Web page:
Apparently the market’s a little tight for teachers:
In the month since Pelham Memorial High School in Westchester County advertised seven teaching jobs, it has been flooded with 3,010 applications from candidates as far away as California. The Port Washington District on Long Island is sorting through 3,620 applications for eight positions — the largest pool the superintendent has seen in his 41-year career.
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KIPP, another charter school network with 82 schools nationwide, has received 745 applications since January at its seven schools in the San Francisco Bay Area, compared with 385 last year.
At the University of Pennsylvania, most of the 90 aspiring teachers who graduated last weekend are jobless. Many had counted on offers from the Philadelphia public schools but had their interviews canceled this month after the district announced a hiring freeze.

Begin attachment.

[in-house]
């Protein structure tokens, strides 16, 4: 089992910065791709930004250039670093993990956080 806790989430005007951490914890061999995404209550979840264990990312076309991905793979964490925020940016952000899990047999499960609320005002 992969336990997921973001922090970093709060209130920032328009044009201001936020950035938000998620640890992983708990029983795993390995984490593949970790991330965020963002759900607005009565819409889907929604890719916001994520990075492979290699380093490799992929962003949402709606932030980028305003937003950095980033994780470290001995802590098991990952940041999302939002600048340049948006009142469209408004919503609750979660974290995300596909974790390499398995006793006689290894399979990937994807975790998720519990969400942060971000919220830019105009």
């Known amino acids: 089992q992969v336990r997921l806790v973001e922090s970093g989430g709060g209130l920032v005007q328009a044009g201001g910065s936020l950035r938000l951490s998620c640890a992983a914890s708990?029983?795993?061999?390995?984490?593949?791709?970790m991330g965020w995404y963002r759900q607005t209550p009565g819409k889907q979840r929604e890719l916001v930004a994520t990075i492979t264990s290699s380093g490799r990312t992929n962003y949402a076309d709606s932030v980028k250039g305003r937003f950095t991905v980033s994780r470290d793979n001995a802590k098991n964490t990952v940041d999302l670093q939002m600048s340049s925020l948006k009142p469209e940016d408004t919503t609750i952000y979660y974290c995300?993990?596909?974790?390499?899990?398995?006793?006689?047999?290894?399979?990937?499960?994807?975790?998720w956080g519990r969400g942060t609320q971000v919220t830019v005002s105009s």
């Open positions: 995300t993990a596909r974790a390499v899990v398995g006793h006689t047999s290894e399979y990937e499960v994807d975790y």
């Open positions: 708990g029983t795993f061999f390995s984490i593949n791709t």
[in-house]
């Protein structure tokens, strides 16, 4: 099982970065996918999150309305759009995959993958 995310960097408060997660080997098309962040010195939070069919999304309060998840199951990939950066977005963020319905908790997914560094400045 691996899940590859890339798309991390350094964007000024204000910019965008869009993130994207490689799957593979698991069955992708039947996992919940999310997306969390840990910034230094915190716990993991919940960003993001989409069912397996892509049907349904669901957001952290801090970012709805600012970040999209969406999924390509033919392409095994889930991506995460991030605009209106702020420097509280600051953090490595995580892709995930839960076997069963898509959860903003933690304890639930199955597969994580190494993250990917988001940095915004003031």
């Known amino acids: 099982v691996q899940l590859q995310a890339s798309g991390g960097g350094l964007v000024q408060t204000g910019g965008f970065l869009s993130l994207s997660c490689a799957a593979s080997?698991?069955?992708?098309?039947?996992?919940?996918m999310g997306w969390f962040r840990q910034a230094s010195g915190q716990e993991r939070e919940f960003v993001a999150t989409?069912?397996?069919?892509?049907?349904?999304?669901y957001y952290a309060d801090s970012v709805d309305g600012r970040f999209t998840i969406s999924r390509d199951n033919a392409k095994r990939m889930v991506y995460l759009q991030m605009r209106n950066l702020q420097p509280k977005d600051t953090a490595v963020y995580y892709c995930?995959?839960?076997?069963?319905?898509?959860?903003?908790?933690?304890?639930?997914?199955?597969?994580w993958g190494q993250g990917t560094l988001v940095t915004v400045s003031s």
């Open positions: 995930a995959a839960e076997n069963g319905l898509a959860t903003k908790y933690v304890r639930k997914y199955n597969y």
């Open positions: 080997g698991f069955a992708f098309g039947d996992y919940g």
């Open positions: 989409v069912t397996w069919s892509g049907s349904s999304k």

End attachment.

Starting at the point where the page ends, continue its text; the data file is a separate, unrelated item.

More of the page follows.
“We’re trying to encourage everyone to hold on,” said Kathy Schultz, an education professor at Penn. “But that’s very difficult because students have taken out loans and want to be assured of a job.”
There’s something outrightly pernicious, even a little disgusting, about the very existence of the phrase “assured of a job.” Assured by whom, exactly? And why? May those words never pass my lips except in mockery.
Welcome to the real world, would-be teachers. You have to be smarter, brighter, straighter…. better than the next guy if you want to get ahead. On the bright side: this helps address one contentious issue, though. Who needs merit pay when you have 3000+ applicants for seven jobs?